Death By Propofol In Missouri
Missouri is the first state in the nation to change its protocol for executing prisoners from a three-drug cocktail to the single drug Propofol. The switch is due to a shortage of a key drug, which has stalled lethal injections across the country.
Other states may eventually follow Missouri’s lead, but the drug known recently for killing pop star Michael Jackson is no silver bullet either.
There is certainly no shortage of Propofol. The anesthetic manufactured in Europe is used to sedate or induce sleep for all kinds of medical procedures from hip replacements to colonoscopies.
Deb Baysinger has pushed the white liquid into the veins of numerous patients as a nurse at St. Luke’s Hospital in St. Louis. She says she was surprised to learn Missouri would be the first in the nation to use Propofol for lethal injections.
“I thought: Huh! They finally got smart. You know it’s not a drug that I’d thought of either. You know I had been following some that they’d used in Texas and Oklahoma – you know, those drugs. And to hear Propofol come up – I just thought it was a good idea.”
Baysinger’s daughter, Joanna, was murdered 14 years ago during a robbery in Columbia, Missouri. But a shortage of the drug sodium thiopental used in Missouri’s lethal injection protocol has held up the execution of Earl Ringo – the man convicted for her death.
Baysinger says Missouri’s decision to use Propofol could finally mean closure for her and her family.
“To have the execution carried out, see it done, would be like: Joanna, we got you justice.”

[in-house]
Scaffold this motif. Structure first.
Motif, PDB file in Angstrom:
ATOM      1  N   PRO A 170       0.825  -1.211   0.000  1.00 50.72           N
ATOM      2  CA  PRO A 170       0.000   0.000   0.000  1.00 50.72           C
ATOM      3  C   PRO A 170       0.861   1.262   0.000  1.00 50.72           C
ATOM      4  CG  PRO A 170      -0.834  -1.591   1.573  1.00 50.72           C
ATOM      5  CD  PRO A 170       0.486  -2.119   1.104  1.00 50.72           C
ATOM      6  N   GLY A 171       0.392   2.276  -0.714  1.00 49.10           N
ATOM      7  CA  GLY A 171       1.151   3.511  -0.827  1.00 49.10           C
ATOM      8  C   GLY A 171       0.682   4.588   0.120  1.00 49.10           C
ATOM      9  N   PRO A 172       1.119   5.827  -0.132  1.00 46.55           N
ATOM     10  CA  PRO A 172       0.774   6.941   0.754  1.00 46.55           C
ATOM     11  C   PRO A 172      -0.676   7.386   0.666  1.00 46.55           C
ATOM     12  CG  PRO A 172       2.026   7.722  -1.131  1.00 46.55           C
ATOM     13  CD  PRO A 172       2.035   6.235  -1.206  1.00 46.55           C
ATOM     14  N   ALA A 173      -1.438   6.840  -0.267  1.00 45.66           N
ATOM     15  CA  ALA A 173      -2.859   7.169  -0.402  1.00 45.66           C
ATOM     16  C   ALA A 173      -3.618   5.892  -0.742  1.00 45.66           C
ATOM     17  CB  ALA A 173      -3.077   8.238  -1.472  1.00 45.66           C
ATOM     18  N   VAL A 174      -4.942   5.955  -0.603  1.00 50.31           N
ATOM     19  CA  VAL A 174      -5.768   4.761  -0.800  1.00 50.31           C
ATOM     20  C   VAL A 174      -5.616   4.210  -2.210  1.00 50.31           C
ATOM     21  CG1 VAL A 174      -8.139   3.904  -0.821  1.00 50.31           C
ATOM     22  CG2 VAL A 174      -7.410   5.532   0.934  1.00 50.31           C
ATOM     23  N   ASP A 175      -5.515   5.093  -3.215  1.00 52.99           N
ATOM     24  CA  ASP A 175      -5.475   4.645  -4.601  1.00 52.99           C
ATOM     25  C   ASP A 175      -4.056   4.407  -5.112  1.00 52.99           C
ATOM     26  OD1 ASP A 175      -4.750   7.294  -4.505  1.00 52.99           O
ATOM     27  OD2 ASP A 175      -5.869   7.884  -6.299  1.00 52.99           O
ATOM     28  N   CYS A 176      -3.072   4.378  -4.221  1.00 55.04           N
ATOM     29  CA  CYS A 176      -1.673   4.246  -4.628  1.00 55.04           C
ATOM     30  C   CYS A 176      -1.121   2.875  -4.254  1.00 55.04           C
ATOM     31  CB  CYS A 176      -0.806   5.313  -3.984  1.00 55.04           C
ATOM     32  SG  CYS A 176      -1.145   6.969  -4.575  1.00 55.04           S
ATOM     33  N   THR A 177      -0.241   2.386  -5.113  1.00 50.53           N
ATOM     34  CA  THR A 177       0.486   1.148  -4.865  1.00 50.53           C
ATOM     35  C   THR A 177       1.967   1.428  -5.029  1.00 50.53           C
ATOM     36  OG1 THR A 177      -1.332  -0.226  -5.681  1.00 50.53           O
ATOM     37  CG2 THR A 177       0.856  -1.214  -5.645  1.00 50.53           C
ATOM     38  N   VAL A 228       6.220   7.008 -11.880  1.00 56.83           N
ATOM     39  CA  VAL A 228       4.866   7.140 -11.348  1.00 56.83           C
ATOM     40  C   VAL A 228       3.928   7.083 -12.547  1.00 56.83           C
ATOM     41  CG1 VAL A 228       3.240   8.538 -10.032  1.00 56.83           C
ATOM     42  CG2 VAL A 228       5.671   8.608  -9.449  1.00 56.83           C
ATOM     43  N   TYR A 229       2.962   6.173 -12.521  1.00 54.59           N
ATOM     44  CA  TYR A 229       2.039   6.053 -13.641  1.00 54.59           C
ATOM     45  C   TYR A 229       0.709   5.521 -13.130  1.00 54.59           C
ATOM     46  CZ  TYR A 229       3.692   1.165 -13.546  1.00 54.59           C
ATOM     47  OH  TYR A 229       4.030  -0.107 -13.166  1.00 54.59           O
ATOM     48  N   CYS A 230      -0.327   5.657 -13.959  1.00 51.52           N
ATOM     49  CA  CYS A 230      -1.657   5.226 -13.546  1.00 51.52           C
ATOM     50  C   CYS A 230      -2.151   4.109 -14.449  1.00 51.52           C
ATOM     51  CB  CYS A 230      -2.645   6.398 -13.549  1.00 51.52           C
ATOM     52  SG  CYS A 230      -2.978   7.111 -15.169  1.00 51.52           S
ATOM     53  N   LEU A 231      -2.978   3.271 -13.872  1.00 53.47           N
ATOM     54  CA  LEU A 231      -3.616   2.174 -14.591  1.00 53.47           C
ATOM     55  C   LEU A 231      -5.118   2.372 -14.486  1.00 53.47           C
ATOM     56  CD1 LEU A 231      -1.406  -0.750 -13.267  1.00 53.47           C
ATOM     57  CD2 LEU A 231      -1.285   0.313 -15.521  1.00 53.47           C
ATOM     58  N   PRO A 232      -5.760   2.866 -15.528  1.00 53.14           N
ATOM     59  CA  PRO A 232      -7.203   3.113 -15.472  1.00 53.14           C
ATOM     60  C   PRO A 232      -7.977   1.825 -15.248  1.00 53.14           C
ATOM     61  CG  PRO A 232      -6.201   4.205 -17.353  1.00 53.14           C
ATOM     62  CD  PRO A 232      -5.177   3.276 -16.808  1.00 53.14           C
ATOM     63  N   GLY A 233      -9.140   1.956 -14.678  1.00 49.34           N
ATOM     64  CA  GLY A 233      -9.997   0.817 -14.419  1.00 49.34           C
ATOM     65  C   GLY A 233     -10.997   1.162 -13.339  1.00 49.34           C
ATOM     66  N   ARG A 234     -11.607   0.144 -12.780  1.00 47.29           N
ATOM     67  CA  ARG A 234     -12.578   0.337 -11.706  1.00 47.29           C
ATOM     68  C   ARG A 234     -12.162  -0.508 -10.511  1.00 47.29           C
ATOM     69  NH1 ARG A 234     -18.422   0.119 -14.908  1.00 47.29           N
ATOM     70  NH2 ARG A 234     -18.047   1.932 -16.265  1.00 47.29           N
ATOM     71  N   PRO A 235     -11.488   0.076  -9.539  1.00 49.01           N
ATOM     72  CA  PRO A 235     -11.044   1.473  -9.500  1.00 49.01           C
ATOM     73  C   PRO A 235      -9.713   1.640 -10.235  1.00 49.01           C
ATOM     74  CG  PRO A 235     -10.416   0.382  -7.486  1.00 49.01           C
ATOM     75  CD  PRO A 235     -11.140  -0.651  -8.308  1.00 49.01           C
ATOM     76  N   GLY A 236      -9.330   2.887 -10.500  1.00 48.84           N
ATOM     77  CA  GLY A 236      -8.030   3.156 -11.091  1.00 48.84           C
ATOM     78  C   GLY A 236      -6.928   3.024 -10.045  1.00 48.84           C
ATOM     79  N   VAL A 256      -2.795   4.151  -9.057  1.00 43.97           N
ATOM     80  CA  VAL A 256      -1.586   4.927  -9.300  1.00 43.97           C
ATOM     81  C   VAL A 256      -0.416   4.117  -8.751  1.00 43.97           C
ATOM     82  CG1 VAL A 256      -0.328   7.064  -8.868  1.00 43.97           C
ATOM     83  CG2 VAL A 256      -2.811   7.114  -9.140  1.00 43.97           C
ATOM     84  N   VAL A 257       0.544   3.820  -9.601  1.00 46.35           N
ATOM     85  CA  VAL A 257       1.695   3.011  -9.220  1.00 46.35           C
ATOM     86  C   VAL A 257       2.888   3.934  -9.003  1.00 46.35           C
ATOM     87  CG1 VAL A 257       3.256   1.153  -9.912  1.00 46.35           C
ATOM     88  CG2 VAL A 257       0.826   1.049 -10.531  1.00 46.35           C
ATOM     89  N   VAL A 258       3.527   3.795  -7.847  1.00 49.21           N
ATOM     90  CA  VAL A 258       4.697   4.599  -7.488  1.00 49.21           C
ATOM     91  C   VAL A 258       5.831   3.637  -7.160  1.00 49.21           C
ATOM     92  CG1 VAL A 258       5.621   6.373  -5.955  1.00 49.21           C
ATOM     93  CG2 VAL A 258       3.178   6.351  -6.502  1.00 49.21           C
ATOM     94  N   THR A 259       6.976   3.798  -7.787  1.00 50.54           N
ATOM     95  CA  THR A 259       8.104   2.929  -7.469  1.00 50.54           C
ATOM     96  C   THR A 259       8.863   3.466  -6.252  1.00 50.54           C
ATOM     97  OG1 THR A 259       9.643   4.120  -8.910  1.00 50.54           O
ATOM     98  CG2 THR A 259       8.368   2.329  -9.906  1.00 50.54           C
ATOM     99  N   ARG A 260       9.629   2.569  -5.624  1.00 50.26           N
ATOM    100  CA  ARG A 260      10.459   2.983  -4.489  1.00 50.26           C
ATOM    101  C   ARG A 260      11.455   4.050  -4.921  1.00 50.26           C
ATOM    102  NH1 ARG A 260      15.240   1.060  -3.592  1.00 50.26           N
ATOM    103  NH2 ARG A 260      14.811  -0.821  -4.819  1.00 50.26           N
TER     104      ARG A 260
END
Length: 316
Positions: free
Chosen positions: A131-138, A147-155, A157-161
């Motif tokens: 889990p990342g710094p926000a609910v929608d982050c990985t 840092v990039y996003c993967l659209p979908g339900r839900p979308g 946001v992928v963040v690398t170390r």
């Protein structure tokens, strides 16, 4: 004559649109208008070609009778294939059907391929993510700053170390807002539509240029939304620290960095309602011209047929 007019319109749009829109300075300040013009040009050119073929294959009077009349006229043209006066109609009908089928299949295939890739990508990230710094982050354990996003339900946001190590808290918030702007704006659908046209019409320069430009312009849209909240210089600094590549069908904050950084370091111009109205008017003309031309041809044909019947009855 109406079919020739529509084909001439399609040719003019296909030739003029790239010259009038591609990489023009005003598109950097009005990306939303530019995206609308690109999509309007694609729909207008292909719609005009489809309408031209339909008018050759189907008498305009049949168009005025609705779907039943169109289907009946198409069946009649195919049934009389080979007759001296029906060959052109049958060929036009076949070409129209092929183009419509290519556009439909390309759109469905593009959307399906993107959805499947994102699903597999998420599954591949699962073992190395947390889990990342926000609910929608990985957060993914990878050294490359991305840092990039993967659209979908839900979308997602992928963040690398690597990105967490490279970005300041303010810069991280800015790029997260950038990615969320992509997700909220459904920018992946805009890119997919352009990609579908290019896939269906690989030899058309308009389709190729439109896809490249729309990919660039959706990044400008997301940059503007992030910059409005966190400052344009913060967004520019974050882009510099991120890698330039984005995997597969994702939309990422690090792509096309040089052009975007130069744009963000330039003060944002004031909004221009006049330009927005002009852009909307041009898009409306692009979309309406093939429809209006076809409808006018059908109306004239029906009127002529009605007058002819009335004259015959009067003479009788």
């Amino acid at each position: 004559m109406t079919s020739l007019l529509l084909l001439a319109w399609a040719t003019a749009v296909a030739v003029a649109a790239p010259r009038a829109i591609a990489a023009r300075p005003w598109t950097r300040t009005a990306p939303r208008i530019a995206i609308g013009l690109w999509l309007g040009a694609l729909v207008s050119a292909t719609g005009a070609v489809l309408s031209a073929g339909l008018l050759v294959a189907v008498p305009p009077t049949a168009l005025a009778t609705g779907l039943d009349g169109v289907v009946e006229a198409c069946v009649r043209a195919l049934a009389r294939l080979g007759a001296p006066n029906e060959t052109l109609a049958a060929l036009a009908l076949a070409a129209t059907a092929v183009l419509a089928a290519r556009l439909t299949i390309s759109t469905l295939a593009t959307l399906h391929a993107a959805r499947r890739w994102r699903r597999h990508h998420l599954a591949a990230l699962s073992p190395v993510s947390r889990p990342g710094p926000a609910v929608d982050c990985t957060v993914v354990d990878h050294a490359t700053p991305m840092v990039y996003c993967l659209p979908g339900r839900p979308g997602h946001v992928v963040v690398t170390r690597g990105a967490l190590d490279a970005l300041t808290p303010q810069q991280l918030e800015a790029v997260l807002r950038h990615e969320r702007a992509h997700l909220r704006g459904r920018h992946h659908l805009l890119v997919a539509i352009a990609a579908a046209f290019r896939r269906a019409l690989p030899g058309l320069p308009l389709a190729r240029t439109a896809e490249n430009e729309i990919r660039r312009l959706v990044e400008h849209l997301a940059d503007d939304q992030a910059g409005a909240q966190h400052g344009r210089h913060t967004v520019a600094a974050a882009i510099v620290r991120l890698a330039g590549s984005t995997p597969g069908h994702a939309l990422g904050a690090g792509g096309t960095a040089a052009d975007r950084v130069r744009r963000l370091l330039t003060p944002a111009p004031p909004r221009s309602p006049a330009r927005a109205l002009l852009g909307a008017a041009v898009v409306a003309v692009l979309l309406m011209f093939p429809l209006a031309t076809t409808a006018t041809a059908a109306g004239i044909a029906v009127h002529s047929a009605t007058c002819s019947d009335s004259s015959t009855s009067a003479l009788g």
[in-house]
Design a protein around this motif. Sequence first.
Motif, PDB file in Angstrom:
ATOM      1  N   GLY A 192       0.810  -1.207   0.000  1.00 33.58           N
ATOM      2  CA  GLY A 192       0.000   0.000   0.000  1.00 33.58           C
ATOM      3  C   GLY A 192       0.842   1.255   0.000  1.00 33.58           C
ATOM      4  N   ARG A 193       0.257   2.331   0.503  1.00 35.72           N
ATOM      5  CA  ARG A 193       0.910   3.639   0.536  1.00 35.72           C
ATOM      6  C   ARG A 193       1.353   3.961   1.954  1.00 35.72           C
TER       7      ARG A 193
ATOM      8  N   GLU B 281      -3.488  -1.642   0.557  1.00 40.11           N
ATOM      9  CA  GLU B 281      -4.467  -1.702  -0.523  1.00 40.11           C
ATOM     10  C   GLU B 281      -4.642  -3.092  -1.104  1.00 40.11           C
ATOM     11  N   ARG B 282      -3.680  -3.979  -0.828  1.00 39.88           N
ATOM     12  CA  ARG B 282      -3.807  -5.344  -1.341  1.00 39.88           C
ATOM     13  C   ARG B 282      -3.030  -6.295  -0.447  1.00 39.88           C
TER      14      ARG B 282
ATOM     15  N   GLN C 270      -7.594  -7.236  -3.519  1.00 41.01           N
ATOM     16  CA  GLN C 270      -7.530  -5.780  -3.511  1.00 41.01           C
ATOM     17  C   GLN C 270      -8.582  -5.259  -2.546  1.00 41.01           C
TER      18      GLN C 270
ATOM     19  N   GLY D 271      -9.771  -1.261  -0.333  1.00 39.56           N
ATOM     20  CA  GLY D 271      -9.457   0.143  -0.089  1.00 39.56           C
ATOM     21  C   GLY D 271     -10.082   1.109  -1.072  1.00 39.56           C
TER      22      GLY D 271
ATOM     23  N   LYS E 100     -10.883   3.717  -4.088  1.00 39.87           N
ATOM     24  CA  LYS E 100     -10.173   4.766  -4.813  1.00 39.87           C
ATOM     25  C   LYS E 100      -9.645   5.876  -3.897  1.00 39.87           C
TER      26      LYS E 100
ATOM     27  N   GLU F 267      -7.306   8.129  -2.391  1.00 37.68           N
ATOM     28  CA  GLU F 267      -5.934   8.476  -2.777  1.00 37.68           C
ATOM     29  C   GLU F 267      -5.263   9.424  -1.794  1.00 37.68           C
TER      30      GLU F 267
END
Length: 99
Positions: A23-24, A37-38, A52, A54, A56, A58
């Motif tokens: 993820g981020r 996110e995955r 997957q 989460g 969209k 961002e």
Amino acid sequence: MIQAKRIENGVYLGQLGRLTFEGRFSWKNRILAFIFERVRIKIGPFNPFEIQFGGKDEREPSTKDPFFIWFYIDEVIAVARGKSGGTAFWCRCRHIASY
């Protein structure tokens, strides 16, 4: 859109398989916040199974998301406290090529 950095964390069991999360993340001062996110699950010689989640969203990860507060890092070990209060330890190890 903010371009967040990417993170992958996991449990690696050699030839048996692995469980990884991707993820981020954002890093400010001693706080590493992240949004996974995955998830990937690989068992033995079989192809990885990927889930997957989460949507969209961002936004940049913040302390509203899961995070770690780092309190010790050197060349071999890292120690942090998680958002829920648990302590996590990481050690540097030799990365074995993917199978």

But, Propofol is known to sometimes cause a localized burning sensation and Missouri’s new protocol calls for an injection of about 15 times an average hospital dose. Some argue the pain could be that much worse.
To offset the risk, the protocol includes 10 CCs of Lidocaine – a local anesthetic – but there are no tests to prove its effectiveness with such a large dose of Propofol.
“How, how would one test a form of execution? This is not the kind of thing on which medical scientists conduct clinical trials.”
John William Simon is a St. Louis attorney specializing in Constitutional advocacy. He says the new protocol violates the 8th amendment of the Constitution that forbids cruel and unusual punishment.
Simon’s client, Earl Ringo, is one of 21 Missouri death row convicts now suing the Department of Corrections over this issue.
Ringo’s case includes affidavits from two medical experts asserting that the two grams of Propofol called for in Missouri’s protocol would almost certainly cause pain.
A spokesman for the department declined comment on the pending litigation.
Simon believes if the lawsuit fails “there will begin to be botched executions that will be a gross embarrassment for the people who foisted this policy on the state of Missouri and no state will go within a country mile of adopting Propofol.”
Still, Missouri appears intent on resuming capital punishment sentences. Only two men have been executed in the state since 2005. A week after Missouri’s Department of Corrections changed its lethal injection protocol, Attorney General Chris Koster called on the Missouri Supreme Court to set execution dates for 19 death row inmates.
Koster says justice has waited long enough.
“The single drug protocol that has been developed by the DOC will probably come under scrutiny over the next several months, but is time to move this process forward and silence on the issue is really not an option.”
That scrutiny won’t be limited to the courts, however. Lawmakers in the United Kingdom announced plans on Wednesday to ban export of the drug to the U.S. due to Missouri’s new lethal injection protocol.
It was a similar ban on sodium thiopental in 2010 that eventually led other European countries to ban its export as well. For now there is a steady supply of Propofol to the US, though the Missouri Supreme Court has still yet to set any execution dates.